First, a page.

[CentOS] directory permissions set to 600?

Wed Jul 21 00:24:49 UTC 2010
Larry Brower <larry-lists at maxqe.com>

Robert Heller wrote:
> At Tue, 20 Jul 2010 16:57:11 -0700 CentOS mailing list <centos at centos.org> wrote:
>>   On 07/20/10 4:54 PM, Larry Brower wrote:
>>> Ski Dawg wrote:
>>>> Hello all,
>>>> Today, I ran across a directory in /etc/ on one of our servers whose
>>>> permissions where set to 600 (drw-------) with root being the owner.
>>>> The directory is for the firewall package for the server, so it is not
>>>> something malicious. Checking some other systems, they also have this
>>>> directory and the permissions on those servers is also 600, so it
>>>> isn't just a messed up permissions on this one machine.
>>>> What is the difference between permissions of 600 and 700 for a
>>>> directory, that is owned by root (group root)? Is there a reason why
>>>> some directory should be set to 600 instead of 700?
>>> 600 is read and write for the owner whereas 700 is read write and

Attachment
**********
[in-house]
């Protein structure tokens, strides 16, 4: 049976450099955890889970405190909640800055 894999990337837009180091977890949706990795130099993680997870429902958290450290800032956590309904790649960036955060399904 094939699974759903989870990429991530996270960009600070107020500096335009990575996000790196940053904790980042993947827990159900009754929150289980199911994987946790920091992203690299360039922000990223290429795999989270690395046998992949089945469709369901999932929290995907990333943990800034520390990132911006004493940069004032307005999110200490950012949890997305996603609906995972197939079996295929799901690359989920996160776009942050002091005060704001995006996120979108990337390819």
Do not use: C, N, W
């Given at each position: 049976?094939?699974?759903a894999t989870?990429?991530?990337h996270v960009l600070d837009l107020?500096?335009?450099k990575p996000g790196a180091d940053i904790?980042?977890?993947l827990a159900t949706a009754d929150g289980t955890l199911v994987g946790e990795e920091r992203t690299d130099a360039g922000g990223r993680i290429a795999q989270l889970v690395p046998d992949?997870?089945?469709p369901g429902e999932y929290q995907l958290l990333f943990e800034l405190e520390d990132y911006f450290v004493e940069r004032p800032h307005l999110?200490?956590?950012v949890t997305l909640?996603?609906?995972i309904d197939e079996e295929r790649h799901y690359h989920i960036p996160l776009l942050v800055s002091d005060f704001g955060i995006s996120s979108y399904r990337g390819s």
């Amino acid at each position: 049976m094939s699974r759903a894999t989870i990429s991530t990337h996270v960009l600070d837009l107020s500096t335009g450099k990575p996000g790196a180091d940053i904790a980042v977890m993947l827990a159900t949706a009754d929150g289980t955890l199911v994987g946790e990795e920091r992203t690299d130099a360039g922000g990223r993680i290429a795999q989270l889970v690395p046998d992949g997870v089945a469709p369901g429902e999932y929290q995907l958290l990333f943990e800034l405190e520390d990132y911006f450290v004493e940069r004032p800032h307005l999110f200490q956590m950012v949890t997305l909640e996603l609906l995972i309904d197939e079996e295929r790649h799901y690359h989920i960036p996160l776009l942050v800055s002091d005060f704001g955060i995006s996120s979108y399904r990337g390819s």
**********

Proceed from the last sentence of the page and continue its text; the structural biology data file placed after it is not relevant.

>>> execute. If there is nothing in the folder that needs to be executed
>>> than 600 would be correct.
>> um... on a directory, the X bit means you can LS the contents of the 
>> directory.   of course, root ignores this anyways and overrides it.
> Note that execute access is only needed on a directory if you want to
> list its contents (eg ls).  If you know ahead of time the name of the
> file in the directory you seek to access, you don't need execute access
> on the directory.  Not having execute access on a directory keeps
> 'noisy' people from discovering the contents of the directory.  This is
> a not unreasonably security setting.

This is what I meant to imply, however was not clear when I responded.